The Growing Russia-China Relationship

Under the pressure of US sanctions, threats, aggression and an imposed Second Cold War, the Russia-China relationship is growing closer and closer.

Personal Relationship

On December 15, Chinese President Xi Jinping and Russian President Vladimir Putin met for a virtual summit. XI welcomed his "old friend," and Putin greeted his "dear friend."

Their greetings to each other were neither scripted nor posturing for the West. In June 2018, Putin told an interviewer that "President XI Jinping is probably the only world leader I have celebrated one of my birthdays with." He added that XI"is a very reliable partner." For his part, XI has called Putin "my best, most intimate friend."

But the growing relationship is not just a friendship between the leaders of the people of the two countries. It is also a growing friendship between the people of the two countries. Relations between Russia and China were not always good. In 2016, before the intense US pressure started pushing the two countries together, only 34% of Russians viewed China favorably; in 2019, 84% saw China as "more a partner than a rival."

International Relationship

Russia and China have also partnered as the leaders of an important new set of international organizations, like the BRICS nations and the Shanghai Cooperation Organization (SCO). Both of these organizations are intended to balance US hegemony and exceptionalism in international politics. Both of these organizations are huge, each representing nearly half the world, and both are led by Russia and China as the principal partners. Both also include India. The Shanghai Cooperation Organization represents a quarter of the world’s economy and four of its nuclear powers.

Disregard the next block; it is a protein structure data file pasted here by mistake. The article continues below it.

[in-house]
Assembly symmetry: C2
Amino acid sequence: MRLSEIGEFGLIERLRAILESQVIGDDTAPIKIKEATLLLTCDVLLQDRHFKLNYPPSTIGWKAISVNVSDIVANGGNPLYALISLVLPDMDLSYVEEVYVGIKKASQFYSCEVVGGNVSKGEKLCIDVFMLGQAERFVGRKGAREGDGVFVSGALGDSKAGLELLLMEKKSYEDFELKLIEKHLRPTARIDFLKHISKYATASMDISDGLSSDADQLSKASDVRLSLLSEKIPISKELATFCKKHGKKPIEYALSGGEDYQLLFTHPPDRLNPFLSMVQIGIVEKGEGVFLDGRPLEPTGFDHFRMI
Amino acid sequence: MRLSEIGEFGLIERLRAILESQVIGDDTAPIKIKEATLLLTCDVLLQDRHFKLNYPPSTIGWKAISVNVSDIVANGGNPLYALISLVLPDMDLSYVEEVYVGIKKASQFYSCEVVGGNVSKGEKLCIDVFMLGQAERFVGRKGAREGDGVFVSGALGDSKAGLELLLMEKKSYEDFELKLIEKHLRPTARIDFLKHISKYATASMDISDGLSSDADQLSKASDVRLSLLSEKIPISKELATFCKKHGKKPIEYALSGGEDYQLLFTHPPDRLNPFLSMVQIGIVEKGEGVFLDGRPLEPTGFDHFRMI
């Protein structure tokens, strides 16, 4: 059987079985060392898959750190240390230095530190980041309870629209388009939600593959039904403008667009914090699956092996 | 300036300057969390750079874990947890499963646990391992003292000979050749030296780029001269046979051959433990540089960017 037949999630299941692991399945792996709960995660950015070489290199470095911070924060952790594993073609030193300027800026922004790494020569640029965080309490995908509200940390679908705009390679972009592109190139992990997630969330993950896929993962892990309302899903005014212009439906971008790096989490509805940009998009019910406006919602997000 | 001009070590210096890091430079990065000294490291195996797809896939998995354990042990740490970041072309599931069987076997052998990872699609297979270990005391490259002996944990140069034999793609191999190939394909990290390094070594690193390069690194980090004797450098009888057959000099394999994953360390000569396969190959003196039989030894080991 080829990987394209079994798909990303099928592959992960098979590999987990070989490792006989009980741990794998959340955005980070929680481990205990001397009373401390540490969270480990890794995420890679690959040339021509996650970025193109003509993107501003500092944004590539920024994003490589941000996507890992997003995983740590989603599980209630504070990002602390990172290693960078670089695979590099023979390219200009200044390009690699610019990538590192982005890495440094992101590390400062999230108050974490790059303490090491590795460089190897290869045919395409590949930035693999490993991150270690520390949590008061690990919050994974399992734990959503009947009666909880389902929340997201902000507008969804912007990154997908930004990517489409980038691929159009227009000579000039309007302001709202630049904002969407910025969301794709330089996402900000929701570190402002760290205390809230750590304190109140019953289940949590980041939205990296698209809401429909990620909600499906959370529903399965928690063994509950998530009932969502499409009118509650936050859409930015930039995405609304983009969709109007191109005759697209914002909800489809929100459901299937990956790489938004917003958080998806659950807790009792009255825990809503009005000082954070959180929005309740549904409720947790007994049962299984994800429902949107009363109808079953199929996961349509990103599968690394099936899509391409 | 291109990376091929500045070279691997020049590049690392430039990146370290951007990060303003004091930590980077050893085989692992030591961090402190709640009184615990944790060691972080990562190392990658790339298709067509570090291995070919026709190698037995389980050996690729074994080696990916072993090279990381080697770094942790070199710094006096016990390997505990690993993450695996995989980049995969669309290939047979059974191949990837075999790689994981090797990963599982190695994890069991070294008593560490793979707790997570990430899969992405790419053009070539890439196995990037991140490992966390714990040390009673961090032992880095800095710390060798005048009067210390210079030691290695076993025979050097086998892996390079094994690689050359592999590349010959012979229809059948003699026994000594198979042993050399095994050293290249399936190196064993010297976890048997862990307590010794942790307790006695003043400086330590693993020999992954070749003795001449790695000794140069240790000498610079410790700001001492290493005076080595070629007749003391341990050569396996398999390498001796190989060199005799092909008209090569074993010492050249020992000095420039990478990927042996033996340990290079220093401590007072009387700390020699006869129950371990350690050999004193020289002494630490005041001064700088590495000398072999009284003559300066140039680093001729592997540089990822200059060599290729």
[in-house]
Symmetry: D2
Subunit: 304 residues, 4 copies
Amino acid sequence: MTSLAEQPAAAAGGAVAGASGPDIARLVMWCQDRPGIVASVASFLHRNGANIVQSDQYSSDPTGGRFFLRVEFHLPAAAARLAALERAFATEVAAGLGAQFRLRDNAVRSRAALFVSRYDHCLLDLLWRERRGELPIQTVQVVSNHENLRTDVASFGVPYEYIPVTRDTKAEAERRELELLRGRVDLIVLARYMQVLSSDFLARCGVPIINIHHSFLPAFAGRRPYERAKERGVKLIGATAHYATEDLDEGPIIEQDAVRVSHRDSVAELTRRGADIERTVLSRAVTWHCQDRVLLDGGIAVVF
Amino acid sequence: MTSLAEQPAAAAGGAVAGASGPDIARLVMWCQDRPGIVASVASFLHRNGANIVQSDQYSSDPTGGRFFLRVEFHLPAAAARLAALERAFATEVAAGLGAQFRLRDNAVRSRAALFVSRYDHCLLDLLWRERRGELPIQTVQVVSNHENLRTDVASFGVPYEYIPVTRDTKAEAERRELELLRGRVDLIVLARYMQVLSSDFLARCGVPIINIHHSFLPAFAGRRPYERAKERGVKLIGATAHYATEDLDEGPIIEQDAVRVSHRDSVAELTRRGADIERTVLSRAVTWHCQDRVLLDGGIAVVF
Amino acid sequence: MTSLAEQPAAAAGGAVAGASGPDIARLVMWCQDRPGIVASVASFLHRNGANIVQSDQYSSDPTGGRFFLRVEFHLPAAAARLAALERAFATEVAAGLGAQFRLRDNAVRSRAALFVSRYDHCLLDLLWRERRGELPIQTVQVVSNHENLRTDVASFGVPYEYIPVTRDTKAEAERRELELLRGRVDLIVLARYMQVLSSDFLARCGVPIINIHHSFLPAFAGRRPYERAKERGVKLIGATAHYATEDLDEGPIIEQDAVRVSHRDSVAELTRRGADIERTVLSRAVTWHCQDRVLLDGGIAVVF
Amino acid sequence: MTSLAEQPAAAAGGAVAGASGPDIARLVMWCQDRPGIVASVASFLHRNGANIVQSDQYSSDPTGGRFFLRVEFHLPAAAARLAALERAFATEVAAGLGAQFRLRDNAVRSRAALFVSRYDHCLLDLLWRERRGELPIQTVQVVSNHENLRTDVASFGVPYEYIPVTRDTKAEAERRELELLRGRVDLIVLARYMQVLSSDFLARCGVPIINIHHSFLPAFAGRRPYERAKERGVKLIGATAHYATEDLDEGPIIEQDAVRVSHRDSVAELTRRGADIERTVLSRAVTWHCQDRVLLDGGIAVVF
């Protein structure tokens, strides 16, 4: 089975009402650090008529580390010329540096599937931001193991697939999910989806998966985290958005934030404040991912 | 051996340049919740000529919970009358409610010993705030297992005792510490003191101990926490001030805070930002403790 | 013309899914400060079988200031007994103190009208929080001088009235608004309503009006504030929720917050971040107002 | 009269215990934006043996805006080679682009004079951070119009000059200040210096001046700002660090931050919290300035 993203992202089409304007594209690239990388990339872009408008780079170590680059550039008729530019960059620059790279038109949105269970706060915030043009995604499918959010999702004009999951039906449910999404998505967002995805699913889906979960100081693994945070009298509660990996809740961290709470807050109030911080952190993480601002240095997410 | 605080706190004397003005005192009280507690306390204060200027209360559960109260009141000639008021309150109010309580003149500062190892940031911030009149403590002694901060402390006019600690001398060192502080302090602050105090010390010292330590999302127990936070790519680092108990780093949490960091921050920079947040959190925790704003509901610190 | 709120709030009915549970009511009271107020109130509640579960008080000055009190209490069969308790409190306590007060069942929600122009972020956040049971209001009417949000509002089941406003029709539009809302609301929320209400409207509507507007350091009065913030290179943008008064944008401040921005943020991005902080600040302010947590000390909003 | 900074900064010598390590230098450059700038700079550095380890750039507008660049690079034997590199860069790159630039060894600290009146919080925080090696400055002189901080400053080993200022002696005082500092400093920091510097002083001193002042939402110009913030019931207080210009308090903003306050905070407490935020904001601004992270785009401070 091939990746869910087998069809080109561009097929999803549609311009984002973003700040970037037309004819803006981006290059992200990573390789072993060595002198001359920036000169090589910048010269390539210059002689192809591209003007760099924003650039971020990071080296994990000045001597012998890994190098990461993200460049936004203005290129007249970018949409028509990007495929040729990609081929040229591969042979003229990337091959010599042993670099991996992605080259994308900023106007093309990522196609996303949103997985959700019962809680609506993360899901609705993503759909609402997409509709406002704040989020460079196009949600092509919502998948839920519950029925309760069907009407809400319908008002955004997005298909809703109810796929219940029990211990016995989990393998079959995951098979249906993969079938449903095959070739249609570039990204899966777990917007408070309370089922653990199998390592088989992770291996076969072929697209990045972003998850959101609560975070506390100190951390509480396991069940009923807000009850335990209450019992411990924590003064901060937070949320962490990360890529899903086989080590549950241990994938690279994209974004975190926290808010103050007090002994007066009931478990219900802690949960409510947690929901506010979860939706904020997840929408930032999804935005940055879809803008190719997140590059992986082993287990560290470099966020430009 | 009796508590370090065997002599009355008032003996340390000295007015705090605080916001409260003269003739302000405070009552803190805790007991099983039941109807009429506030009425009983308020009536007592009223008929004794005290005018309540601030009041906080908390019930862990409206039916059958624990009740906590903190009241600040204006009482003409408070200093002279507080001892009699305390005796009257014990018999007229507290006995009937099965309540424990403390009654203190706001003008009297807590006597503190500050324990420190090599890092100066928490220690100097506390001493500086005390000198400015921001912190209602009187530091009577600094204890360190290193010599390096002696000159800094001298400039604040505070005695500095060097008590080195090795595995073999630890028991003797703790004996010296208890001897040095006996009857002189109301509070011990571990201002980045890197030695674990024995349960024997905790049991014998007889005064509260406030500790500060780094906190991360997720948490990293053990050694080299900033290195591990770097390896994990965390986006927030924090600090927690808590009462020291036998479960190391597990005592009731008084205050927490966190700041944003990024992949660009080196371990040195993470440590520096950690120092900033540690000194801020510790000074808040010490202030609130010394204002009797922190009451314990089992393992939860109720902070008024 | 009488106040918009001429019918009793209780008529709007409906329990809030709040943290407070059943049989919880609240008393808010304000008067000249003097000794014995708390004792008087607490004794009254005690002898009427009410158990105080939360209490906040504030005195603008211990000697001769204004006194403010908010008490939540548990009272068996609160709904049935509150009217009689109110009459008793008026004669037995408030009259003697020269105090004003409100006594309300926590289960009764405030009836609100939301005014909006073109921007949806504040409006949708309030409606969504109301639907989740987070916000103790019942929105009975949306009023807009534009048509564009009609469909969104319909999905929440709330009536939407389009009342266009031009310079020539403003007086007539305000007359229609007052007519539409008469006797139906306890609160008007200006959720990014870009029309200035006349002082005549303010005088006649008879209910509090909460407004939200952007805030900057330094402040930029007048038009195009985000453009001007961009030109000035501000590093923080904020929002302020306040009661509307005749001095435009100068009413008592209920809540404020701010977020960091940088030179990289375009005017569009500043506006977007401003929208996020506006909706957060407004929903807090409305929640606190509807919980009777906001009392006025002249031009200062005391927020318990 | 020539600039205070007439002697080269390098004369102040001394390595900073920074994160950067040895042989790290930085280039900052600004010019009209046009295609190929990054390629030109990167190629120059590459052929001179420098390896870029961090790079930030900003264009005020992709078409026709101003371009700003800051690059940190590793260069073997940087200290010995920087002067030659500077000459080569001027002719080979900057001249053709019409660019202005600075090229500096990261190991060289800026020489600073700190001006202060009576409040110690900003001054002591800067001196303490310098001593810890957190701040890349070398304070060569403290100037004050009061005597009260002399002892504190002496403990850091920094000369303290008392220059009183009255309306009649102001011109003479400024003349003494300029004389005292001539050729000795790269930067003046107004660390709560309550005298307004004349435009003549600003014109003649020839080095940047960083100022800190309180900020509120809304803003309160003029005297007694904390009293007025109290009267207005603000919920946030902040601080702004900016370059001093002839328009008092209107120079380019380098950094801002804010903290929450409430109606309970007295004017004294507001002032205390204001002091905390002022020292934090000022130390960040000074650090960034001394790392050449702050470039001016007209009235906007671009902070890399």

In their virtual summit, Putin and XI discussed the possibility of a three way summit with India, a member of both BRICS and the SCO: a message the US must surely be listening to as it forces nations to choose sides in the new Cold War.

Bilateral Relationship

But most important is the increasingly tight bilateral relationship between Russia and China.

The modern Russia-China relationship was first contracted with the he Treaty of Good-Neighborliness and Friendly Cooperation, in which the two nations commit not to enter into "any alliance or be party to any bloc . . . which compromises the sovereignty, security and territorial integrity of the other. . .. " Dmitri Trenin, a political analyst at the Carnegie Moscow Center explains the relationship as one in which, though Russia and China "do not have to follow each other," they "will never go against each other."

But Putin said in his June 2018 interview that that treaty "is only the foundation we have built our current relationship on." He said that, building on that foundation, the structure is "growing taller and stronger."

It grew much stronger on June 5, 2019, when according to Alexander Lukin of HSE University in Moscow, Russia and China signed a joint statement announcing a "comprehensive and strategic interaction." Russia is "officially developing," Lukin says, "a ‘strategic partnership’ with Beijing, making China not only a friend, but practically an ally."